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8 Environmental Rules That Were Too Controversial To Enact Pre-Election

For related articles and more information, please visit OCA's Environment and Climate Resource Center page and our Politics and Democracy page.

Now that the election is over and Barack Obama will be staying in the White House for another four years, environmental groups are hoping that some long-awaited new rules will break loose from the regulatory log-jam.

It's no surprise that a lot of the rules that seemed to do a disappearing act are the ones that the fossil-fuel industry and Republicans in Congress have opposed. "It takes no genius to see that from mid-summer until now there were not going to be any major controversial rules finalized until after the election," said Trip Van Noppen, president of Earthjustice, which has filed suit to speed up the delivery of several of these delayed regulations.

While some rules were delayed this year because of election-season strategizing, others have been backlogged for years. The sticking place for many of them is the Office of Information and Regulatory Affairs in the Office of Management and Budget, a White House outpost that is supposed to review draft regulations within 90 days. Many advocates for tougher environmental and public health rules blamed OIRA for being too timid in Obama's first term, weakening or delaying any rule that could be contentious.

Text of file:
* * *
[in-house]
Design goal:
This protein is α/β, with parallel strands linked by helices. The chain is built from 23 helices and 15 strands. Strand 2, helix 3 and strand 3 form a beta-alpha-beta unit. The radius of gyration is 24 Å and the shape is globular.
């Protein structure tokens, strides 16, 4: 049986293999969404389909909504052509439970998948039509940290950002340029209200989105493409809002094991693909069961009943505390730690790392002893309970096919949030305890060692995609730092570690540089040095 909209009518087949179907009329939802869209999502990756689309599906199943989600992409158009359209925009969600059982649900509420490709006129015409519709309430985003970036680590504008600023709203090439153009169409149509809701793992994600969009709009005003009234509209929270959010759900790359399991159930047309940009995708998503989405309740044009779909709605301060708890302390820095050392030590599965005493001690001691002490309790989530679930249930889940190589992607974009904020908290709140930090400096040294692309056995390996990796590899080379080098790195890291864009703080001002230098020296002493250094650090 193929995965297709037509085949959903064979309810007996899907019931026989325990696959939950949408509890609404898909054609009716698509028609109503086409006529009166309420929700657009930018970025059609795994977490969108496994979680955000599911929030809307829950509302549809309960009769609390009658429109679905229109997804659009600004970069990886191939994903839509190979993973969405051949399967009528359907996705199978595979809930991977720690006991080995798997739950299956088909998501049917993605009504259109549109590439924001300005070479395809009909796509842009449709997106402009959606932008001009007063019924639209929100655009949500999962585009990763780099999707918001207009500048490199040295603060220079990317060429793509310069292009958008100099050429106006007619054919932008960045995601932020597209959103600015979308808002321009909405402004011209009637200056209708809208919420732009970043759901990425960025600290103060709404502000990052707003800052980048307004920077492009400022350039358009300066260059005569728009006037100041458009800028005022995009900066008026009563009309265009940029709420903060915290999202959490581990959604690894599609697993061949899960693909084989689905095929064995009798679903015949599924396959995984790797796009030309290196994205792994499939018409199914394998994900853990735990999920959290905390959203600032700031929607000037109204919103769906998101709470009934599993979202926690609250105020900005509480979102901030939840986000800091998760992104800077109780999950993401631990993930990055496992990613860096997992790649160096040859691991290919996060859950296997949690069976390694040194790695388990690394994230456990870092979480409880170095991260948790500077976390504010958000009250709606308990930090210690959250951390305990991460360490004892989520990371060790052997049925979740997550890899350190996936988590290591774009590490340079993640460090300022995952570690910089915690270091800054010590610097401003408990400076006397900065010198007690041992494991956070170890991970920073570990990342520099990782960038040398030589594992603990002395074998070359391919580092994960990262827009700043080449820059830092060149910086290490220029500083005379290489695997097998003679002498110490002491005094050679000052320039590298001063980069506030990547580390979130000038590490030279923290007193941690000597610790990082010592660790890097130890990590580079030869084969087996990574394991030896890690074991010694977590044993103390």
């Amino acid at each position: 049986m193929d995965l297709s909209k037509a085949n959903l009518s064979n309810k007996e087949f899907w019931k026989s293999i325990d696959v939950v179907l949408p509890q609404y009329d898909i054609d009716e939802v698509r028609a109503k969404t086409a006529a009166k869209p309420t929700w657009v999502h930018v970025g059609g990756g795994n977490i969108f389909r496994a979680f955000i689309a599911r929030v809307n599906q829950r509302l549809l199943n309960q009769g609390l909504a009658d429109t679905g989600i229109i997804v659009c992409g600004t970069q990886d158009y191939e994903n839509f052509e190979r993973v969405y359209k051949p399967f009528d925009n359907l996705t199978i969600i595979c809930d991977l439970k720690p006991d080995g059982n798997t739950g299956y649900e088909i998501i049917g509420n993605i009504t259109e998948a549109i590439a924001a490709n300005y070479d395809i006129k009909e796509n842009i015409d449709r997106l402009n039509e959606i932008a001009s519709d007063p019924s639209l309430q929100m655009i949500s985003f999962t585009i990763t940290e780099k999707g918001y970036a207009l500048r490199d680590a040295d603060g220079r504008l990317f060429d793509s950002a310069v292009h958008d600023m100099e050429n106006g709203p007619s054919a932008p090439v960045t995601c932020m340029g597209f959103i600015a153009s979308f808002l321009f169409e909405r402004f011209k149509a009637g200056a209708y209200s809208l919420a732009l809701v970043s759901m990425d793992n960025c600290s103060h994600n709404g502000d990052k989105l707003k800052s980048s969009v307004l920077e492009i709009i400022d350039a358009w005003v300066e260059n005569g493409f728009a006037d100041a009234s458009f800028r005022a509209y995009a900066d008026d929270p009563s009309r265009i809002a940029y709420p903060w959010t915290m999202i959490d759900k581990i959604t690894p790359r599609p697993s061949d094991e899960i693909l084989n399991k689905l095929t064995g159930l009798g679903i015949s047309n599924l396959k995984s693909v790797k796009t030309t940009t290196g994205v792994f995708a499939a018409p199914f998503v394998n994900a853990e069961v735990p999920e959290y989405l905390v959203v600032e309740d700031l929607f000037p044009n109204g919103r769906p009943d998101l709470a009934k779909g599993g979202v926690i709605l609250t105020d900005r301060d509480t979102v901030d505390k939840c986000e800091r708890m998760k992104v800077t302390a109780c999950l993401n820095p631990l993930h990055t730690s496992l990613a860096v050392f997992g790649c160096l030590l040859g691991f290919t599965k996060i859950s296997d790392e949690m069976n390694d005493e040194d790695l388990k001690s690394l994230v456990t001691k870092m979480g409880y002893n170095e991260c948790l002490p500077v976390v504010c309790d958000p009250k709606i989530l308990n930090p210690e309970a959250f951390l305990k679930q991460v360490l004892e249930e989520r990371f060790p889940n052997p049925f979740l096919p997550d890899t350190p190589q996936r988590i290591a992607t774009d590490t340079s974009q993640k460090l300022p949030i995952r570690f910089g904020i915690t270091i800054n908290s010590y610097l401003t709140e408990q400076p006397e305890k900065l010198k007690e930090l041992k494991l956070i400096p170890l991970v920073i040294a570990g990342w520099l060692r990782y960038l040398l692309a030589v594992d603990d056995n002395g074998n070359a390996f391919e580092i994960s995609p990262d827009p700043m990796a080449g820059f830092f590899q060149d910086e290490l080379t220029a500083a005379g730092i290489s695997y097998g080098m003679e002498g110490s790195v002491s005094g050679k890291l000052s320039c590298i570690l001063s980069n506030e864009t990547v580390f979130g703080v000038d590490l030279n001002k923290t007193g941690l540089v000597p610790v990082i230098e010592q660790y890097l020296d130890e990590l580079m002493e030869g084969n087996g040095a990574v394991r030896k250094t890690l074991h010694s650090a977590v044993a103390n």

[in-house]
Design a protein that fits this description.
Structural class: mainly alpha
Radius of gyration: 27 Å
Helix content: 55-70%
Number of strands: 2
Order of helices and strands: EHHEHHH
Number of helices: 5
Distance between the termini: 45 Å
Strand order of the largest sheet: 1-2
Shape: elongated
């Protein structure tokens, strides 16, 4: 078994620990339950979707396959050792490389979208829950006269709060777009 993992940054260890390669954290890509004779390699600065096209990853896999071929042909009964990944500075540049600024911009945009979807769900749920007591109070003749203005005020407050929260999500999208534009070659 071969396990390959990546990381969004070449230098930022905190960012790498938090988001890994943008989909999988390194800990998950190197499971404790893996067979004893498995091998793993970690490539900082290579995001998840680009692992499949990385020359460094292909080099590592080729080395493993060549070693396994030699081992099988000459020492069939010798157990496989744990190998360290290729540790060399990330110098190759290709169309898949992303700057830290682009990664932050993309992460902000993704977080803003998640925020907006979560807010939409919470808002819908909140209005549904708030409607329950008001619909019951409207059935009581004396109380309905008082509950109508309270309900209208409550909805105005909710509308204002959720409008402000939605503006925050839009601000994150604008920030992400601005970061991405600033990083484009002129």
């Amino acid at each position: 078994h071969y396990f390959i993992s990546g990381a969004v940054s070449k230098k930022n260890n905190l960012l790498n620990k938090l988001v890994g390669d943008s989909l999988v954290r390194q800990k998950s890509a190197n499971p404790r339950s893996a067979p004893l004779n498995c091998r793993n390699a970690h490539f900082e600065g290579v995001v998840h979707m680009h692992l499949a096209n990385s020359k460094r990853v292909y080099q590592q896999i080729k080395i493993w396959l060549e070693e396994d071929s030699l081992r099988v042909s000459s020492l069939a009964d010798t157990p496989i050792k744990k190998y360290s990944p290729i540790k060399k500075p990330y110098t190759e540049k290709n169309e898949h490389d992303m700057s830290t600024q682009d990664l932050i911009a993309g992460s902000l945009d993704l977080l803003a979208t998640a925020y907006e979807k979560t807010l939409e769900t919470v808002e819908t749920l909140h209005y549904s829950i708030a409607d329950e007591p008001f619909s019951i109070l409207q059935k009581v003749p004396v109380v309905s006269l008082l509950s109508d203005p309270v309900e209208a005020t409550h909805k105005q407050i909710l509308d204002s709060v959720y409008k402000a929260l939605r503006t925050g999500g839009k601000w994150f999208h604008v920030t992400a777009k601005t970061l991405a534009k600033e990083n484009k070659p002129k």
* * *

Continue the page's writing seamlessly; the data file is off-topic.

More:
Here are eight environmental problems that the Obama administration could soon get around to regulating:

1. Greenhouse gas emissions: Last March, the Environmental Protection Agency announced new limits on greenhouse gas pollution from power plants. The new standards would make it very unlikely that any new conventional coal-fired plants would be built in the United States. The comment period on the new rule closed in June, but the EPA has yet to finalize the rule. The EPA also has not yet issued rules for existing power plants, but is expected to do so once the rules for new power plants are in place.

2. Ozone pollution: In January 2010, the EPA rolled out tough new standards for ground-level ozone pollution, which creates smog. But then the proposed rules just sat there, and sat there, until September 2011, when President Obama personally stepped in to quash the ozone rule as part of his effort to reduce "regulatory burdens and regulatory uncertainty," directing the EPA to hold off on updating the standard until 2013. Enviros were livid, accusing Obama of throwing the ozone rule under the bus in his attempt to appear business-friendly in the run up to the election. Meanwhile, the tougher rules would save an estimated 2,450 to 4,130 lives per year, according to a recent study from researchers at Johns Hopkins University.

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